A further education college lecturers' union is to call out some 26,600 members on strike on 16 November.
The action involves about four fifths of England's colleges
Natfhe said that, in a ballot over a 2.8% pay offer, 71% of respondents backed the proposed strike.
The turnout was 36%, with 6,820 votes for a strike and 2,740 against. The action affects 226 of the 283 colleges in England.
The union says lecturers' pay lags school teachers' by 10% on average and the offer would make things worse.
It has again complained that school sixth forms have 13% a year more funding than colleges for teaching similar courses.
A rally is being organised for the same day to coincide with an appearance by the Education Secretary, Ruth Kelly, at the annual conference of the Association of Colleges, in Birmingham.
"The bitter disappointment of this year's offer compounded the existing anger of lecturers in 65% of England's colleges who have not yet received pay rises due last year," Natfhe said.
That was the cause of strikes in many colleges in May this year. College pay is negotiated nationally but implemented locally.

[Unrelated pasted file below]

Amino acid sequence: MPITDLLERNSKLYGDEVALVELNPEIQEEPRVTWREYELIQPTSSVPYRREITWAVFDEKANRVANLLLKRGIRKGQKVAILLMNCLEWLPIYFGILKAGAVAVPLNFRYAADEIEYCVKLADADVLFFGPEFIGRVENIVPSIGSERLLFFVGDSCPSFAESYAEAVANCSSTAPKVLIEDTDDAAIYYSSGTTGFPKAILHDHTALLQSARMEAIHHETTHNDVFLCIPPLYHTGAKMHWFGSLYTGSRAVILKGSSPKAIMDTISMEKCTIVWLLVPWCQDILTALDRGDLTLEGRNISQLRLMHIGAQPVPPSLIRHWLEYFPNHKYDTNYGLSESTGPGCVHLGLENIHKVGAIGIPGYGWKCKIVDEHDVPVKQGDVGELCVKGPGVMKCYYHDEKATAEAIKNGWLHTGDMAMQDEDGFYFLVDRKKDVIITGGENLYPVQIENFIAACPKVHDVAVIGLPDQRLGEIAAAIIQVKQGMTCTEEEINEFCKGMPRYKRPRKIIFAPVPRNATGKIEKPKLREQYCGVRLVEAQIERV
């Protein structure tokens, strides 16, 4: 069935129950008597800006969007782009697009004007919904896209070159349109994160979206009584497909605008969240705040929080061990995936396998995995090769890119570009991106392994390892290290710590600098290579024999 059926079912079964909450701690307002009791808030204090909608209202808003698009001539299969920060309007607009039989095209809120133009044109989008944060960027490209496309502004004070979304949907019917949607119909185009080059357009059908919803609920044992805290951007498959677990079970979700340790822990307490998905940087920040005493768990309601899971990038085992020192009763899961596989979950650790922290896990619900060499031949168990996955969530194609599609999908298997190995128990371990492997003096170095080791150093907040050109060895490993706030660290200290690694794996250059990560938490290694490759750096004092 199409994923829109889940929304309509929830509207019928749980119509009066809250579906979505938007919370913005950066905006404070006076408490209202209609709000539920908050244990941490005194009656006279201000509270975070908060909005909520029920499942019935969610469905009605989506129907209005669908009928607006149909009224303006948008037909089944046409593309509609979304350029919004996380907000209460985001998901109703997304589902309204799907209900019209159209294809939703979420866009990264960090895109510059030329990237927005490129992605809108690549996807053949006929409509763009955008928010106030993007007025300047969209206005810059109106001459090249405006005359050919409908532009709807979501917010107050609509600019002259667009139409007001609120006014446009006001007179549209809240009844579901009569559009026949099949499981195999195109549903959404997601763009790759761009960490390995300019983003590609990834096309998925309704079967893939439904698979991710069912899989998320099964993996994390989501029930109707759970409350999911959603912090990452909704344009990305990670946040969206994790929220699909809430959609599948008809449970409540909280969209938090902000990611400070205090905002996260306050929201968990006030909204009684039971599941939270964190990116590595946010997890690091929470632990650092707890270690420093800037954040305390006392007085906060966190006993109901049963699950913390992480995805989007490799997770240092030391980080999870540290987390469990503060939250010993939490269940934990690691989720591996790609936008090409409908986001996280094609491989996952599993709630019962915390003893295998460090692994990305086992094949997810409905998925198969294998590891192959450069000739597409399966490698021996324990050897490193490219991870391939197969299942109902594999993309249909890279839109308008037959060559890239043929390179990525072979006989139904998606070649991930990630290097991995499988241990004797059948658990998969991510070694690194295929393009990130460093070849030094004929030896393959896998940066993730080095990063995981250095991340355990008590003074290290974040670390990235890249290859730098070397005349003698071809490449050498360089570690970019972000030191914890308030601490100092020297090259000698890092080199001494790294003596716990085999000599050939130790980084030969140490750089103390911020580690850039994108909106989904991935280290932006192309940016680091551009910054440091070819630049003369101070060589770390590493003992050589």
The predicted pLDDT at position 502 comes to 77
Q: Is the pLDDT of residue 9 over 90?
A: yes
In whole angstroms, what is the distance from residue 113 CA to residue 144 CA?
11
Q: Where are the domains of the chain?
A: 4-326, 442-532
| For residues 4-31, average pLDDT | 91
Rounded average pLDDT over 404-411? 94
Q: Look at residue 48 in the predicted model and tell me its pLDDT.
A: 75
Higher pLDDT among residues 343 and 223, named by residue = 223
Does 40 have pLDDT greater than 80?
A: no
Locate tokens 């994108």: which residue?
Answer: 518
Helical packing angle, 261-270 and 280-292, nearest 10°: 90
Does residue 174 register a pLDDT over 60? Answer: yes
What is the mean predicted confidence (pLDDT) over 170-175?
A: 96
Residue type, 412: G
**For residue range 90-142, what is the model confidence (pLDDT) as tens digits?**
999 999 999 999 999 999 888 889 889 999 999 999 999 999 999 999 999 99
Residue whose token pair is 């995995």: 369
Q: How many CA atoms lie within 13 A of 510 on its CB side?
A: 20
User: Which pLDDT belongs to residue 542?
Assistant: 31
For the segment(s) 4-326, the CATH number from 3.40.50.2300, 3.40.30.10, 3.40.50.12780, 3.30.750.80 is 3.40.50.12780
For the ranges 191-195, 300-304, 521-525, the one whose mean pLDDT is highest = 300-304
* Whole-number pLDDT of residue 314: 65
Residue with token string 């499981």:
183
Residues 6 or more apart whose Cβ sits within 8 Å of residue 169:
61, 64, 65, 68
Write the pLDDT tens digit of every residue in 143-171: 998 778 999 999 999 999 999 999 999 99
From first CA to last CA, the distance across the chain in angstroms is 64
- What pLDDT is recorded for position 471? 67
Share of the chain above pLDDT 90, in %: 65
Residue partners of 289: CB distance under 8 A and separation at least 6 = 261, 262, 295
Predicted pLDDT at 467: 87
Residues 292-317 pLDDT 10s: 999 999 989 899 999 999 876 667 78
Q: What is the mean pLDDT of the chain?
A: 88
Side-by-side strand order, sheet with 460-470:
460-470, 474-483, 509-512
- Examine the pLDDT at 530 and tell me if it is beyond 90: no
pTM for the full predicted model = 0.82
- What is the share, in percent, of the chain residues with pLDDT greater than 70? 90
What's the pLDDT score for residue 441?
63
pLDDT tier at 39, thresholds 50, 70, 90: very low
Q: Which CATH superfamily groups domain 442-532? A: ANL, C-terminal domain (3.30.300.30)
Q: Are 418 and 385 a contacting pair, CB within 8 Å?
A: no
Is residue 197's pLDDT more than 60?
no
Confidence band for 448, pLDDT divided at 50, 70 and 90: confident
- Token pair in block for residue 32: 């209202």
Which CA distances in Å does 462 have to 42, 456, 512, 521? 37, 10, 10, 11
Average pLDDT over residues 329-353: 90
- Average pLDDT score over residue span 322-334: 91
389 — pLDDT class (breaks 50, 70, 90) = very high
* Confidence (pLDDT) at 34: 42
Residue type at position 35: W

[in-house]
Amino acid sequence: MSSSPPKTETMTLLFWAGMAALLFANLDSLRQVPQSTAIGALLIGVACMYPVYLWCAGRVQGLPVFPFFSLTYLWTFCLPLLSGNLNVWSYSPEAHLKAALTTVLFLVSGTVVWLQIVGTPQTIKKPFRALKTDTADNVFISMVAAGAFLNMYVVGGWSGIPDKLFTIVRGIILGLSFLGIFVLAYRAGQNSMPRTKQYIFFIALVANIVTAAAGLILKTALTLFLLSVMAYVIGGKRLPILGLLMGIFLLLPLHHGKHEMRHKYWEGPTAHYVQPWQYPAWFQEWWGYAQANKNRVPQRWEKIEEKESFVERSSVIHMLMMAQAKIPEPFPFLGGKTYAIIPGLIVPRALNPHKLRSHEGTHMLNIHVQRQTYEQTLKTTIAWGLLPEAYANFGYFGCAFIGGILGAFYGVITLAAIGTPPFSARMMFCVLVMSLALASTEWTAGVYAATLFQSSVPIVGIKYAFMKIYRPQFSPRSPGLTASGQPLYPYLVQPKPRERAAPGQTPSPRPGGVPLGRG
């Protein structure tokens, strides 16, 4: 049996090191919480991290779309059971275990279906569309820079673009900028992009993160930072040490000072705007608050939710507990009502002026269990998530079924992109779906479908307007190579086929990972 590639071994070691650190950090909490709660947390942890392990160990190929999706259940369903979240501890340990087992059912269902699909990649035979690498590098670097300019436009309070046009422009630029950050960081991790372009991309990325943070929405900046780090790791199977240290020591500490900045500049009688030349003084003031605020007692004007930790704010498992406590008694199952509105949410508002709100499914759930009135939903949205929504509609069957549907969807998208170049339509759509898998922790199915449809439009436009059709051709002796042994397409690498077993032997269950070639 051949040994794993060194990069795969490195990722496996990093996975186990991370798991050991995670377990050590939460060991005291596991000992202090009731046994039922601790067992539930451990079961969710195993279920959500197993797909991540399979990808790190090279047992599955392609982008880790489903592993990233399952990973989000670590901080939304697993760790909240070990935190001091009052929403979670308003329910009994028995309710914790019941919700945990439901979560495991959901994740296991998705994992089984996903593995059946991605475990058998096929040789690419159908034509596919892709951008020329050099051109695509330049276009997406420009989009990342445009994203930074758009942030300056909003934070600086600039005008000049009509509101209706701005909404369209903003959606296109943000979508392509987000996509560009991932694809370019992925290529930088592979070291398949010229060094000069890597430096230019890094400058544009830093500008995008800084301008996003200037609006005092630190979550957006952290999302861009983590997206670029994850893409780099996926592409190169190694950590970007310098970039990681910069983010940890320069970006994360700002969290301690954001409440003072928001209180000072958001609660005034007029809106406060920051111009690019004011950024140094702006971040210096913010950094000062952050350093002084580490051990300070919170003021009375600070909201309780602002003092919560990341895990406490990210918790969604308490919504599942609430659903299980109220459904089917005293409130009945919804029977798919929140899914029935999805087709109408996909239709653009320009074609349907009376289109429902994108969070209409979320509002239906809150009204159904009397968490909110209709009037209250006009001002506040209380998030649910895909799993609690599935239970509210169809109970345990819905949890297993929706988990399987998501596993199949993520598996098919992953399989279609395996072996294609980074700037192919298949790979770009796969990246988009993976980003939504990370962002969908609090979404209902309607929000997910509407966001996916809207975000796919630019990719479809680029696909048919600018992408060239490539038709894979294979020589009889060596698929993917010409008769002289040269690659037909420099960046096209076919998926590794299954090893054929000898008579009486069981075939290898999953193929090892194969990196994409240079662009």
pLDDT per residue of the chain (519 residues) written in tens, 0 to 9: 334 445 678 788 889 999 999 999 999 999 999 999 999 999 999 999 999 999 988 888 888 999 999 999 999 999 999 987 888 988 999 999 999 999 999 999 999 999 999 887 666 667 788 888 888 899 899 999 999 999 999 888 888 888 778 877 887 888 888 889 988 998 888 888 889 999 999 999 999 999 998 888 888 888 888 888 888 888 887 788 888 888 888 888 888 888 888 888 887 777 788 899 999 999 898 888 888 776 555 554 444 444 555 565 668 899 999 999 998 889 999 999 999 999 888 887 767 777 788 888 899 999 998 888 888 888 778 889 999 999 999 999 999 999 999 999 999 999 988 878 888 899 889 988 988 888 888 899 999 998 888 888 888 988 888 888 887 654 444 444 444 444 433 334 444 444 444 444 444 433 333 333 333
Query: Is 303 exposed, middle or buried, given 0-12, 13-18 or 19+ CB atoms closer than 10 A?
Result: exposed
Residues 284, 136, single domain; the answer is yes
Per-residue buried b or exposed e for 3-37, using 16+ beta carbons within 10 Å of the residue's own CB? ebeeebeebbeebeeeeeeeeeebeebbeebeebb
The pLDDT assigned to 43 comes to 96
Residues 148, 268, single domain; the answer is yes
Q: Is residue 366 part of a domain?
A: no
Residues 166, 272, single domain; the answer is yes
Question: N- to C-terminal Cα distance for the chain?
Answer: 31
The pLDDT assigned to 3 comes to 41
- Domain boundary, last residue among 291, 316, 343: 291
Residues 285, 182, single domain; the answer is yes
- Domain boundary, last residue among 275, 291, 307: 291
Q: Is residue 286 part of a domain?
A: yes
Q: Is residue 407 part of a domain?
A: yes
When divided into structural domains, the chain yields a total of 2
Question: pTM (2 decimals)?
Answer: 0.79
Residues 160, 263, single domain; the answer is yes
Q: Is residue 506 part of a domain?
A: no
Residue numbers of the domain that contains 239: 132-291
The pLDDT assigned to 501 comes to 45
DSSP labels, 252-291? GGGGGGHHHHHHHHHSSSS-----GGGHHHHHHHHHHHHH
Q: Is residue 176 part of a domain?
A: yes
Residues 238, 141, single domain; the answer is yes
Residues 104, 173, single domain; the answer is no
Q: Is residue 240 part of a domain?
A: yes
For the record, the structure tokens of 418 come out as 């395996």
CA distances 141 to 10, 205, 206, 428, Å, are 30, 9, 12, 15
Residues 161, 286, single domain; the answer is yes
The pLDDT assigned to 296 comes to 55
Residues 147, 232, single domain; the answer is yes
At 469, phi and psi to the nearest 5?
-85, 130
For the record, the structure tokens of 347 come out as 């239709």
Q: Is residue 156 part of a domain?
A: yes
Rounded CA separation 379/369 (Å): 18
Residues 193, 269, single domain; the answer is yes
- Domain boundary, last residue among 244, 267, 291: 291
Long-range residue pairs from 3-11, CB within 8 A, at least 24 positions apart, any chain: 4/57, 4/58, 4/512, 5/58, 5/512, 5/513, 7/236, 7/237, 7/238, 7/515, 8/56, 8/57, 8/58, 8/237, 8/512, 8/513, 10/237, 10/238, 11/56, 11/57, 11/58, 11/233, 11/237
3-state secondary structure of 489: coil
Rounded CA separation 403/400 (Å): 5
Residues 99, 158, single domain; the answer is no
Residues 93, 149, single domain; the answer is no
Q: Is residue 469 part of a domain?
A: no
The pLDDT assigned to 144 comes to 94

Natfhe's head of colleges, Barry Lovejoy, said: "The government tells us that further education is the 'engine of a successful, dynamic economy' - so why does it leave our colleges running on empty?
"Our members are angry and resentful that whilst more and more is expected of them, their pay is slipping further and further behind schoolteachers'.
"Given a choice between colleges and schools, it is not hard to see which new recruits would opt for.
"With 50% of the further education workforce due to retire within a decade, this is a disaster waiting to happen."
At the Association of Colleges, deputy chief executive Sue Dutton said the planned strike was regrettable, but major disruption was not anticipated.
The other four main further education unions had accepted a national pay deal.
"In those locations where action will take place, colleges will of course endeavour to minimise disruption to their students.
"The Association of Colleges would argue that this will be as a consequence of colleges' experiencing financial difficulties due to the current funding regime," she added.
"Closing the funding gap between schools' sixth forms and colleges would benefit the average college by £600,000 each year, for instance."
So although colleges valued their staff and believed they should be properly rewarded, they continued to struggle to match the market rates set by schools and industry.
"If the college sector is to stand at the forefront of the new skills strategy they do need to be able to pay wages that will not only allow them to retain skilled staff but also to attract high calibre graduates and industrial experts."